The Demining Unit headed by the Engineering Department of The Ministry of Defense has been the sole mine clearer to date. However, when the staff at the Operation Department of the Demining Center is fully trained by the US team at the end of April 1999, they will have nine demining teams ready. Most of this staff already work with the Engineering Department.

Demining is going on at the moment in a mined area in Eastern Shabwa on the border to Hadhramout, where the Ministry of Defense’ Engineering Department is clearing mines at an oil drilling site, which is prospected by Calvany, a Canadian oil company.[34] These areas, Wadi Hagr, Hajr Marifa and Safer had all been cleared already once before, but the oil company wanted a second clearance, since the first was done in a haphazard way and therefore not proved to be safe. It is very difficult to remove the mines in these areas due to the moving sand dunes.[35]

As mentioned earlier, since no proper survey has been conducted yet, very few maps of minefields exist and the clearance that has taken place has often been done in an erratic way due to outdated equipment and ineffective methods, there are no accurate figures about either the magnitude of mines, the number of the minefields or their locations. There are however figures given on how many fields that have been cleared. Dr. Hussein Abdul Kawi mentioned in his report regarding clearance in the Southern governorates that 30% is estimated to have been cleared after the 1994 war.[36] UNDHA’s demining expert Paul Kelly says in his final report that forty-nine minefields in Aden governorate were mentioned to him to have been cleared before his arrival.[37]

On 17 June 1998, National and Regional Demining centers were formally established. The Regional Demining Center was opened to start the training of their staff on 20 October 1998. The National Demining Committee is heading the work and the chair person is the Minister of State for Cabinet Affairs. Other board members are the Director of the Military Engineering Department, the Deputy Minister of Public Health, the Deputy Minister of Social Affairs, the Deputy Minister of Interior, the Deputy Minister of Information, the Deputy Minister of Education, the Director of Work and Administration at the Prime Minister’s Office, a representative from the Ministry of Planning, a representative from the Environment Protection Council and a representative from the Yemen Mine Awareness Association. There is also a corresponding Regional Demining Committee, chaired by the Governor of Aden.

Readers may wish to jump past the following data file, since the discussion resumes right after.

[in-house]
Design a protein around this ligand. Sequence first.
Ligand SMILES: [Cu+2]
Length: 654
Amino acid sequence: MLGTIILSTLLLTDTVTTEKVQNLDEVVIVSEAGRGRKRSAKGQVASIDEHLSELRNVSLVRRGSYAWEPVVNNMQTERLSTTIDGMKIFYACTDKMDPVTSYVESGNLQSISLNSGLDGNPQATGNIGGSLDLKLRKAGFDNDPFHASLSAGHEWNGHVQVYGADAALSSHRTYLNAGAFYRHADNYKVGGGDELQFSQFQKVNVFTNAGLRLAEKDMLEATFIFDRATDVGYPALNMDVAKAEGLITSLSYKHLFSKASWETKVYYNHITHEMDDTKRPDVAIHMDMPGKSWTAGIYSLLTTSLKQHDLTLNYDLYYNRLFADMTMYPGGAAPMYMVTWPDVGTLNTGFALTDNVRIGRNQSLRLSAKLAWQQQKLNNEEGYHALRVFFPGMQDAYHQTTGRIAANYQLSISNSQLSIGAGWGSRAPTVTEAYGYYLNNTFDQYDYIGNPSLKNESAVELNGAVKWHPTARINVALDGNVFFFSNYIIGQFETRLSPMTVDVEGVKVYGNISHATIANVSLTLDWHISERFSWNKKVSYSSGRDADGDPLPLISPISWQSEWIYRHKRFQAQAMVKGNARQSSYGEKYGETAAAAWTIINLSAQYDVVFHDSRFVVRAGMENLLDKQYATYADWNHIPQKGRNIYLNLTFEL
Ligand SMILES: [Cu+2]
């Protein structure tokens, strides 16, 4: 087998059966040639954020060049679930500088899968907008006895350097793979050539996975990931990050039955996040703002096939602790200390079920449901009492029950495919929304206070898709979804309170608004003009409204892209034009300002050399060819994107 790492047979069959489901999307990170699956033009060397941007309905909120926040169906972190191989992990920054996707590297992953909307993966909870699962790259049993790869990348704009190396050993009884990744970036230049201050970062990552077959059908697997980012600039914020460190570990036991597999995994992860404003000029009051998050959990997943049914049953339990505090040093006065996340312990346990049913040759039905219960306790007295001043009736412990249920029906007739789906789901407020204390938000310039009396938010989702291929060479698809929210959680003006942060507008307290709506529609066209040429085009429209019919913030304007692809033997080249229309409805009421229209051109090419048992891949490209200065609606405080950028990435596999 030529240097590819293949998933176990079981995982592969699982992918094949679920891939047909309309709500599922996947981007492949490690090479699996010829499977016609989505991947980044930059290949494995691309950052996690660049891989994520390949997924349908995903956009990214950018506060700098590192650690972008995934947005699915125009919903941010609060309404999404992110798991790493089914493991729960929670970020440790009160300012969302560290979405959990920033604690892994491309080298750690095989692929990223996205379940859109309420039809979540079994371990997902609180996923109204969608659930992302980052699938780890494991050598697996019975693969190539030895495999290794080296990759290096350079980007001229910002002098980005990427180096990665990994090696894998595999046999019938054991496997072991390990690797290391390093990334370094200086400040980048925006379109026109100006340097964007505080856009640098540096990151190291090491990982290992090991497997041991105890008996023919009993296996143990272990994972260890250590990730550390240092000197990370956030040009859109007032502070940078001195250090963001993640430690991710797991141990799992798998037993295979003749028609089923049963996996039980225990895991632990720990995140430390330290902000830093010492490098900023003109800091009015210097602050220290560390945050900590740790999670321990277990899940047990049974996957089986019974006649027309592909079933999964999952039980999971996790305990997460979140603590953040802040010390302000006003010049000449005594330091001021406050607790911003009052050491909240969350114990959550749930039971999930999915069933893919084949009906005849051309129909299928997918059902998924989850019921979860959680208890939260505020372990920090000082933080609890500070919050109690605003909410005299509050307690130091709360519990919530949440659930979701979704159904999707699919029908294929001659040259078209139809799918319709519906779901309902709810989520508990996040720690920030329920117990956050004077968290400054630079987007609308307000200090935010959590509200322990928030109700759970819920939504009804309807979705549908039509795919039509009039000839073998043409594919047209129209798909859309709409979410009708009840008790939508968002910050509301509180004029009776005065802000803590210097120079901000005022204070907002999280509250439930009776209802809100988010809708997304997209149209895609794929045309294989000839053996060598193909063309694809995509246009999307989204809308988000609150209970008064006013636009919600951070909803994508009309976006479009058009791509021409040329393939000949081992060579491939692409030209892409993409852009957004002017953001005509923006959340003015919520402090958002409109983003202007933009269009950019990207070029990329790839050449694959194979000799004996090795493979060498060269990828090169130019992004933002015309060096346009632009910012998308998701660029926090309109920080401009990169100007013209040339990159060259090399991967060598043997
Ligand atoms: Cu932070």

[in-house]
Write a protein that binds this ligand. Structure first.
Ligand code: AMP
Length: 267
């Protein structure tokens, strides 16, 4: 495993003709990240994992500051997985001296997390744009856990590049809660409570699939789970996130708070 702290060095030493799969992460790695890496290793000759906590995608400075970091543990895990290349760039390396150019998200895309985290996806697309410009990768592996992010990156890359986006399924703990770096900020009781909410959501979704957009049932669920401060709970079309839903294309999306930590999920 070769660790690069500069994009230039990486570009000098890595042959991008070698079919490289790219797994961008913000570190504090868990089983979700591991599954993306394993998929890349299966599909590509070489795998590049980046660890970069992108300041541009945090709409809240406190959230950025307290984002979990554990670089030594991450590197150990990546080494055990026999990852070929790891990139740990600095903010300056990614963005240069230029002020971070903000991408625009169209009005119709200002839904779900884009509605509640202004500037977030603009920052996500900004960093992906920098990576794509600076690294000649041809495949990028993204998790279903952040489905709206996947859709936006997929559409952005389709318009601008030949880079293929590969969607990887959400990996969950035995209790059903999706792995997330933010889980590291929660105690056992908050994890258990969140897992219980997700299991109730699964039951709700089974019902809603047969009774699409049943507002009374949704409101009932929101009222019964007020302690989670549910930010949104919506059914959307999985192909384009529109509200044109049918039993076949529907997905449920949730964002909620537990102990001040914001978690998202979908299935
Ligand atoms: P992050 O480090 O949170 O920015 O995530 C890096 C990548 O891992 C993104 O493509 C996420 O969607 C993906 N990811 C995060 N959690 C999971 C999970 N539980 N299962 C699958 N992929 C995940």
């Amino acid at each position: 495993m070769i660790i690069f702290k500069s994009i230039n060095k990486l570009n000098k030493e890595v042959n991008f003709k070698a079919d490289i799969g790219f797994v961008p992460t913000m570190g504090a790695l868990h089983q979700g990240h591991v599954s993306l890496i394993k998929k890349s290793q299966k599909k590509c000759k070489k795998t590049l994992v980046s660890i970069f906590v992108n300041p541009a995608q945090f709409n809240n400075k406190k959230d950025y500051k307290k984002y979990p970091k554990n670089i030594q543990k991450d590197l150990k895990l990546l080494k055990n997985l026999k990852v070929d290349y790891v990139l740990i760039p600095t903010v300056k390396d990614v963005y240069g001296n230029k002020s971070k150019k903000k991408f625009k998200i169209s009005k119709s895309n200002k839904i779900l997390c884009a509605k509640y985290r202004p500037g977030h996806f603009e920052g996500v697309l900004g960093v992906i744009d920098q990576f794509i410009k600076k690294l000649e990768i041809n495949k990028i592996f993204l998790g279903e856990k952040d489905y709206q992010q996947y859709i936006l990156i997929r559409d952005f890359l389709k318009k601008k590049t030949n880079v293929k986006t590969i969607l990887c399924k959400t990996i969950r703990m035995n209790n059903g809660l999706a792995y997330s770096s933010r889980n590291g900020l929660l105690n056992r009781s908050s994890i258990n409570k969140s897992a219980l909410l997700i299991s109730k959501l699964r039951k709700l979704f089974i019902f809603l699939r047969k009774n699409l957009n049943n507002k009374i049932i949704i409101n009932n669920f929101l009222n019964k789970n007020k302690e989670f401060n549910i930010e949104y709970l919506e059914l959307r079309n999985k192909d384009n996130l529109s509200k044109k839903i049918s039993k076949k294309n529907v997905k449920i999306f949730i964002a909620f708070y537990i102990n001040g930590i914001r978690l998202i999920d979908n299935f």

The composition of the committees reflects an understanding of that humanitarian demining involves the civil society and all concerned ministries and not only the Ministry of Defense.

The tasks of the Chairman of the National Committee are:

- to supervise the implementation of the Demining Policy

- to supervise the demining operations

- to coordinate the support presented by NGOs

- to modify the organizational structure of the Committee

- to appoint the employees in the Central and Branch executive units

- to represent the Committee with others

- to designate any mission to the members of the Committee and the Branch Committees

The departments of the demining centers are:

- Operation, Training and Planning Department with sections like Data and Service section

- Awareness Department with information section, publication and printing section

- Logistics and Financial department

- Social Services department with medical, social affairs and education affairs sections.

The U.S. has allocated $2.5 million for training of the demining centers’ staff and some equipment. UNDP has volunteered to be the coordinating donors’ agency. Already $500,000 have been allocated in a trust fund, but more is needed to make the centers viable.

Since the staff in the centers are still in training, their work has not yet begun, but there have already been suggested priorities for where mine clearance should be carried out: populated areas, lands to be populated, highly mine affected areas, agricultural lands, and areas of economic importance.[38]

It is mainly the densely populated areas like Aden city that have benefited from mine clearance. Aden city has been declared a free-trade zone and the cleared land is being used for investments in the free-trade zone. Some agricultural areas benefit primarily people on the outskirts of Aden and in some Hadhramout villages. However, many areas have to be recleared since the first attempts were unsatisfactory.

Mine Awareness

Rädda Barnen and the Yemen Mine Awareness Association (YMAA) are at the moment training the communities in mine awareness education in four areas: Al Habil in Lahej governorate, Al Kood in Abyan governorate and Masabeen and Amran in Aden governorate.